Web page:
KUWAIT CITY - OPEC's largest oil producing member Saudi Arabia said on Monday that $100 a barrel is a "reasonable" price for oil while its Gulf neighbour Kuwait said the price is "fair" and the market was stable.

"In 1997, I thought 20 dollars was reasonable. In 2006, I though 27 dollars was reasonable," Saudi Oil Minister Ali al-Naimi told reporters in Kuwait City on the sidelines of a Gulf oil conference.

"Now, it is around $100 ... and I say again 'it is reasonable'."

Kuwait's Oil Minister Hani Hussein said the "current oil price is fair."

"There is a little bit of over-supply but we think that the market is stable at the moment," he said. Oil prices rose in Asian trade Monday after Cyprus and its international creditors struck a 10 billion euro bailout deal, averting collapse of the country's banking system.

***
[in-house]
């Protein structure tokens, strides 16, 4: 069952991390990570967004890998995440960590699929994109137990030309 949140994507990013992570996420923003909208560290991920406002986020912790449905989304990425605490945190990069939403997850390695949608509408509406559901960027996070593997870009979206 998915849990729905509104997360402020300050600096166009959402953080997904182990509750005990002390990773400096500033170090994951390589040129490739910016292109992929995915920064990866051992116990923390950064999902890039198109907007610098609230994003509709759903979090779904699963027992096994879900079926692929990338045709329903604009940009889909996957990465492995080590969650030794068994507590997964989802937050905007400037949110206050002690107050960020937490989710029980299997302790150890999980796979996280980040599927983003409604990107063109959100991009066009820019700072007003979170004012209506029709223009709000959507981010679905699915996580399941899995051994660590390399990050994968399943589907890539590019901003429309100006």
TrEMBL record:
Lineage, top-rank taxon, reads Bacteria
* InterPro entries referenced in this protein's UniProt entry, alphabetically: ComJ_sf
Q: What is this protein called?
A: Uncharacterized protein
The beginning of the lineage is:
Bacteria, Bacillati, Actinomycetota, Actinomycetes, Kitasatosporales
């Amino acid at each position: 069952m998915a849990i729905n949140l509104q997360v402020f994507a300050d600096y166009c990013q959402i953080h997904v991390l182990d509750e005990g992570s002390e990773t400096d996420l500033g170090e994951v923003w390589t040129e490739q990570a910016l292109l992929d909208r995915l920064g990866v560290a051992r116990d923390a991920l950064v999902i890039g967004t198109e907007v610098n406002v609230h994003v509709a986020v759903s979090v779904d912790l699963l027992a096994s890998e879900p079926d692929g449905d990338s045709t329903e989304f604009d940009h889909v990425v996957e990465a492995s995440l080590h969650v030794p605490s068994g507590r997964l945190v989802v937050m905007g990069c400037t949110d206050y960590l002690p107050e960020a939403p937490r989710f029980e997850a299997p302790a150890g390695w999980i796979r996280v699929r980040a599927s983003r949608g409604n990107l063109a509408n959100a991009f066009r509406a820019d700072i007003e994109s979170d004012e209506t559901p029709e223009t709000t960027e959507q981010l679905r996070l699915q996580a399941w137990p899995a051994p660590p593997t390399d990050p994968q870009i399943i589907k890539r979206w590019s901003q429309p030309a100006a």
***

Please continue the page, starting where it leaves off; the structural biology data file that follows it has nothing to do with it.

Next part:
New York's main contract, light sweet crude for delivery in May, added 52 cents to $94.23 a barrel and Brent North Sea crude for May delivery increased 62 cents to $108.30 in afternoon trade.

"We are generally happy with the oil prices at the moment ... We think that the prices now reflect the market (situation) in general ... Basically, the market is balanced," the Kuwaiti minister said.

Hussein also said that Kuwait's oil production at present is "a little bit below 3.0 million barrels per day because there are some maintenance work," adding that after the maintenance is completed soon Kuwait will return to 3.0 million bpd.